Lincoln, Massachusetts, United States
|Photo by Matheus Viana from Pexels|
I was on my way to an art gallery in Stockbridge, Massachusetts, to view the art of a painter who once lived there, Normal Rockwell. On the way, I stopped first at an exhibit at a local psychiatric hospital where I had once worked. I learned that Rockwell had a history of mental health problems and had sought therapy there. That was long before my time. I had not known that.
Thus, when it came time to visit the Rockwell Art Gallery, I could not help but view his work in this new light. The meaning those works held for me before no longer came to mind, at least, not for the moment. Rockwell’s quest for healing had now become an irresistible distraction and I could not help but try to imagine not only how his mental health issues informed his career but what, deliberately or unconsciously, he might have been trying to express or resolve through the images now on display. What they once meant to me personally was not even on my radar and I knew this would happen when I entered that gallery. My personal reactions to his images would not be playing a part on this tour. I would be too busy walking in his shoes.
That history of Rockwell’s seeking therapy prompted one additional question. Were I the artist, would I really want my personal story linked to my professional work? Would I really want people to know such things about me, even to identify with me and empathize with what I once agonized about? Would they be all the more impressed in the light of my achievements despite that baggage? Would I even care? Would I prefer they simply looked at my art? For me this would be a no-brainer. I would prefer the latter—hearing some variation of, “Your art touches and moves me. Thank you.” Put simply, it is not a reach for me to imagine artists experiencing healing moments knowing their art has been healing for another, that their art touched, enlightened, enriched, or completed someone else’s self-portrait and enabled that other, for an instant, to feel a bit more whole.
But that, of course, had nothing to do with Rockwell’s art. I did not gain something for myself from his private life revelation. Instead, I lost something about myself, an innocent and raw emotional connection to his art.
It was my practice on entering an art gallery to read the introduction at the entrance, get a sense of the artist’s personal story, and then listen to headphones, but these weren’t necessarily my lasting memories. What was so often lasting was when I would look about and try to identify the one painting I was most drawn to in that room, the one I favored above the others and for no obvious reason. Then, I would stop and ponder that reason. What was it that drew me to this one and not the others? Often I would have to search hard for the reason that explained the attraction. And, in as much as I had never taken an art appreciation course, this became for me a solitary enlightening experience, this transformation of myself in that gallery into a sort of relief-hitter at bat. I would stand there and look and see and wait for my emotional contact with what was being pitched at me, those paintings. To stay with the baseball metaphor, I was, here, a unique hitter, one that was not focused on understanding what that pitcher was throwing to me, not what the artist was meaning to show, but rather how it was being received by me, the one standing and looking. I, the batter, was the one under scrutiny here, the one who was waiting for the moment a pitch felt right for me. It was not the pitcher, the artist.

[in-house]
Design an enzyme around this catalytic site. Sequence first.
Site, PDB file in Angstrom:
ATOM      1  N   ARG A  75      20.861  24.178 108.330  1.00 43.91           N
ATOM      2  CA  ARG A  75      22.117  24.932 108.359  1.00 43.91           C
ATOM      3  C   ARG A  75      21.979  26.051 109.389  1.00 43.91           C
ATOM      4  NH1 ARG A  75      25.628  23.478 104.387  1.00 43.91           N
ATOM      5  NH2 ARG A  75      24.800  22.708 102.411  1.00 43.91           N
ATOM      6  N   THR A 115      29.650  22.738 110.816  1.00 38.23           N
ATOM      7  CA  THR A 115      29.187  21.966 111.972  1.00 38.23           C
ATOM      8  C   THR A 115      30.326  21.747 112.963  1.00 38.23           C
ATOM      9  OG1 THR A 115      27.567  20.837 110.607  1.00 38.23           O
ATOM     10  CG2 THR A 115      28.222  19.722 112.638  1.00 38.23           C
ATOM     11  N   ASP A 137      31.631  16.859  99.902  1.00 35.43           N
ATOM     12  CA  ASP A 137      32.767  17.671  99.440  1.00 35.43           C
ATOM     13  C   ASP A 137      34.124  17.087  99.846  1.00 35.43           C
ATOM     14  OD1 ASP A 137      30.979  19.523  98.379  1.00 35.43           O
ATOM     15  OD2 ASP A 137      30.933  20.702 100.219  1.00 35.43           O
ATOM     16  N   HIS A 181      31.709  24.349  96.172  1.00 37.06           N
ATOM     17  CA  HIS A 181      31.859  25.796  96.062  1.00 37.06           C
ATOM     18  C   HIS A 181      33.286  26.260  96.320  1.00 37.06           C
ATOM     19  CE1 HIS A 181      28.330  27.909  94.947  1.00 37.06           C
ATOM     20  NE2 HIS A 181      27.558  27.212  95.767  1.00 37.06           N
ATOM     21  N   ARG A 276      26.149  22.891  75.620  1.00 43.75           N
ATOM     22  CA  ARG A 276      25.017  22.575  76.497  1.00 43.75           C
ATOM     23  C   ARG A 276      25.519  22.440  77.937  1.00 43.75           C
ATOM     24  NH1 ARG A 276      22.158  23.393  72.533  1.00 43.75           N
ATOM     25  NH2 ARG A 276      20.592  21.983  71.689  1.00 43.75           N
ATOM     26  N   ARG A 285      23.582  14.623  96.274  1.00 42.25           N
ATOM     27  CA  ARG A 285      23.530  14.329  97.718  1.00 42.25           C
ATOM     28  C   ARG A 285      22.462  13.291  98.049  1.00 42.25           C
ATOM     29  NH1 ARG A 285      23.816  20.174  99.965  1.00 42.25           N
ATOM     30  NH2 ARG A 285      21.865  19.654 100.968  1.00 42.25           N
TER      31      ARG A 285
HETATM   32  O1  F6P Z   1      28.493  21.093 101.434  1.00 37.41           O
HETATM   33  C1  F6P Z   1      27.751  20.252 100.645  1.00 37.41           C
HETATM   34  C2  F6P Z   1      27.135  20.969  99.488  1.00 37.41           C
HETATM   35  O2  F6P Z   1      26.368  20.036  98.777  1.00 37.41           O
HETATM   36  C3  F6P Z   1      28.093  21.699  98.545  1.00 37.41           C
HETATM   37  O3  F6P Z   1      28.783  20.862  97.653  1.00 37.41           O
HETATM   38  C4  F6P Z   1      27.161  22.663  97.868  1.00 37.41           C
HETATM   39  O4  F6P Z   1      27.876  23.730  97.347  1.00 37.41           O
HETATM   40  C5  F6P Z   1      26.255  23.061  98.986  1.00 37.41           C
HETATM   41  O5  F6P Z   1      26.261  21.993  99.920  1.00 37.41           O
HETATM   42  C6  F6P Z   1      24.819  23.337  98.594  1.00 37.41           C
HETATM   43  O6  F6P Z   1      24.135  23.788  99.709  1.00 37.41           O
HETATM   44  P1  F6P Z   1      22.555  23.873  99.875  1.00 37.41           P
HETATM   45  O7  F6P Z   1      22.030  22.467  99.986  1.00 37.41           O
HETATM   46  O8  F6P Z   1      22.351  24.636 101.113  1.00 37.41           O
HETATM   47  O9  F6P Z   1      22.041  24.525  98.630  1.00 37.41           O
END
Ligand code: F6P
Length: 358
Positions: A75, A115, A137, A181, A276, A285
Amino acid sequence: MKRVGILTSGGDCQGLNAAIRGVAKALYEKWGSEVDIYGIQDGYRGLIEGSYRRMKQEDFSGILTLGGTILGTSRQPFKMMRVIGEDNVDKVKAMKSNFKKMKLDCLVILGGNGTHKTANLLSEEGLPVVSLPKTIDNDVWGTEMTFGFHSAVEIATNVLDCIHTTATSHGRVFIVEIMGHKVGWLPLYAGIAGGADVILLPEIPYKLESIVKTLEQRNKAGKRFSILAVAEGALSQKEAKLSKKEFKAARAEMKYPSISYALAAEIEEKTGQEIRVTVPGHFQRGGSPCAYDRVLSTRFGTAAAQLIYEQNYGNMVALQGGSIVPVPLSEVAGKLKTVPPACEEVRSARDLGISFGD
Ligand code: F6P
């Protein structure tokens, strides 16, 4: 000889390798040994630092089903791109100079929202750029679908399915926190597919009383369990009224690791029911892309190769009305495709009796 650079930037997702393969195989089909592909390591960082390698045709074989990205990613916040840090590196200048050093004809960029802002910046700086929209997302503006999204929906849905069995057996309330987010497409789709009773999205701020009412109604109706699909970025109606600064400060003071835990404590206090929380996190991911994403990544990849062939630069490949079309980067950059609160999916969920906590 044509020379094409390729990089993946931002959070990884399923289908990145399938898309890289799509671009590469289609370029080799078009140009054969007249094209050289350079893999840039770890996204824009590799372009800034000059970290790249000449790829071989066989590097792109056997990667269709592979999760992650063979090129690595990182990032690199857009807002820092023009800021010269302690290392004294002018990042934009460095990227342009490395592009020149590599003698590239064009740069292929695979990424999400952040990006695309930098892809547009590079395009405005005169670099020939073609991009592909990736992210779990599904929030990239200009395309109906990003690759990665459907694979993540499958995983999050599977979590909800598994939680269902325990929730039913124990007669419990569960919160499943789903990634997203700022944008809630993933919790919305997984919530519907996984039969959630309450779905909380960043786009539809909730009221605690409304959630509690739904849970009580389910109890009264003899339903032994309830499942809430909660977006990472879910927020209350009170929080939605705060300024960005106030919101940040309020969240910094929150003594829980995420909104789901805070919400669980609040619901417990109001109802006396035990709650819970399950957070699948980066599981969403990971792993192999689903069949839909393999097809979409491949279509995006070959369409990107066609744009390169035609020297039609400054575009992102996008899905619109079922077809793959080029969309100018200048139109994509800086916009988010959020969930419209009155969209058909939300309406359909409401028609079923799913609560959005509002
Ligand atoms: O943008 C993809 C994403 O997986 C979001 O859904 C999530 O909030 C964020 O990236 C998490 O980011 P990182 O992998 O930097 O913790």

Looking back, it was not always easy to find the reasons why a particular picture drew me in and stirred feelings that, on reflection, came to expose facets of myself that had often been forgotten or ignored, sometimes deliberately. That self-centered process involving wordless conversations between parts of myself was a familiar exercise. I should note, this was not because I am a psychiatrist. It was one of the reasons I became a psychiatrist. Learning about others was valuable to my learning about myself. In the art gallery it would awaken in me, if only for a fleeting moment, a more complete or whole me (or “healed” me as some would phrase it). Then, having exposed (or re-exposed) something of myself to myself, and having made room for it in my picture of myself, my personal self-portrait, as it were, I would move on to the next room, the next group of pictures. My takeaway? Visiting art galleries can be enlightening, enriching, and fun without formally studying in classes or from books.
LAWRENCE H. CLIMO, M.D., is a Vietnam Vet, board-certified psychiatrist, and writer. He has practiced psychotherapy and psychopharmacology in inpatient and outpatient settings, been a teacher, an administrator, and a forensic consultant. His articles have appeared in professional, academic, and popular journals and magazines and he is the author of three books, The Patient Was Vietcong: An American Doctor in the Vietnamese Health Service, 1966-1967; Psychiatrist on the Road: Encounters in Healing and Healthcare; and Caregiving: Lives Derailed (under the pseudonym Eli Cannon). He is retired and occasionally writes occasional Op-Eds for Psychiatric Times.